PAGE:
A Chinese mobile provider's request to offer cell service between the U.S. and China has one state lawmaker worried about future possibilities.

Assemblyman Anthony Brindisi says China Mobile recently applied for a service license through the Federal Communications Commission. They also would plan to build several facilities in the United States.

Recently, the Assemblyman wrote a letter to FCC Chairman Julius Genachowski, urging him to deny the company's request. Citing reports from The New York Times, Brindisi says allowing the company in could open doors for hackers to infiltrate military installations.

"Do we want to grant a license to a state-owned Chinese mobile provider that wants to build facilities here in America with all this going on, or do we want to take a second look and make sure that our own systems are protected before we give unprecedented access to our nation's computer systems," Brindisi said.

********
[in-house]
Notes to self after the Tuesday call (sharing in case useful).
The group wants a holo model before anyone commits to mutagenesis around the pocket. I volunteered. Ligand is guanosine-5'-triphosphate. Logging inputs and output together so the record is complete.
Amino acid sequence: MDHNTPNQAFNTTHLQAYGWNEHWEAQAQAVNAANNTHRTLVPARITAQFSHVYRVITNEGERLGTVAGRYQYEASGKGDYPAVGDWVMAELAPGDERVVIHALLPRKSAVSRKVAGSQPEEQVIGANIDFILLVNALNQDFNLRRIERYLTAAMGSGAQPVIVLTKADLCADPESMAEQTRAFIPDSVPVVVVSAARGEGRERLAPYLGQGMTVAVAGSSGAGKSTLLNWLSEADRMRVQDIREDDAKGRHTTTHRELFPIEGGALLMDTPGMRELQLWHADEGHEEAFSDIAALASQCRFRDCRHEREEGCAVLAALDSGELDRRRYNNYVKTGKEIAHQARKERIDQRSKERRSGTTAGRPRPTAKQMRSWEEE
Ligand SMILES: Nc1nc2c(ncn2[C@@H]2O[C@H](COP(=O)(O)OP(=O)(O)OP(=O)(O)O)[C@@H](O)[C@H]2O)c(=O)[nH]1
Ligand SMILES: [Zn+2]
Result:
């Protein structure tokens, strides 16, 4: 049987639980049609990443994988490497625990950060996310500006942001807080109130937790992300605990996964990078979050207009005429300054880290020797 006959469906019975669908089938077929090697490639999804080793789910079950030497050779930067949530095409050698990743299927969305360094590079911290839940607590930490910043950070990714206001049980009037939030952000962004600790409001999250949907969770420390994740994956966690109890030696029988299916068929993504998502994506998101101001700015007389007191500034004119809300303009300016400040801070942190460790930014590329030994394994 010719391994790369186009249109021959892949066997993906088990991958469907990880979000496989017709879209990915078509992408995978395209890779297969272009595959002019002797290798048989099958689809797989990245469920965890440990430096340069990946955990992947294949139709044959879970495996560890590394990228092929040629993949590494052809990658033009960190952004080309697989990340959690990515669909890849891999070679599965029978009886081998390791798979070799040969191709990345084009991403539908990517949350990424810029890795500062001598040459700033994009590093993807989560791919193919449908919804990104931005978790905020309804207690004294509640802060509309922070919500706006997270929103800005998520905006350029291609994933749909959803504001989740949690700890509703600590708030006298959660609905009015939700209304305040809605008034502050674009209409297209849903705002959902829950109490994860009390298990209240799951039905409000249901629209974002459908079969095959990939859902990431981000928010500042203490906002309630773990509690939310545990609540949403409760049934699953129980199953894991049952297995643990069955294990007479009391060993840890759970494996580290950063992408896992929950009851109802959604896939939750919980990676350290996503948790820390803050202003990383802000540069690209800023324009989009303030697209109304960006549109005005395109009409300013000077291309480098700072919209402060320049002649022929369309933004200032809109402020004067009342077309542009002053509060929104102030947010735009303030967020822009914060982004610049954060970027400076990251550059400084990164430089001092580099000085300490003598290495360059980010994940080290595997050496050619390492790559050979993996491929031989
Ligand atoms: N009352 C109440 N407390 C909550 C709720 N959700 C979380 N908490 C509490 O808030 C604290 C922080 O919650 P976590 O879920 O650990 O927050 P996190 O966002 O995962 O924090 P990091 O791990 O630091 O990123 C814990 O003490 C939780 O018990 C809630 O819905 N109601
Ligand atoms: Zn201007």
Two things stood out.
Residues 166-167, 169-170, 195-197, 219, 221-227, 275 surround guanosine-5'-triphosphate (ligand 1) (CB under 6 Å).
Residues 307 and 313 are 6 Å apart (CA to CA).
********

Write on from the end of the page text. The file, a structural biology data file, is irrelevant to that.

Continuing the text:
Brindisi also says approving the China Mobile license right now is akin to "giving a hacker the password to your personal computer."

"With the defense installations that we already have here such as Rome Labs, as well as the defense contractors that are already operating in this area, this could be a real threat to the security not only of the country, but to this area," Brindisi said. "[It's] because we have so many defense contractors here."

China has already denied being behind any of the hacking, but continued incidents are prompting the Obama administration to address the issue and the two nations' tenuous relationship.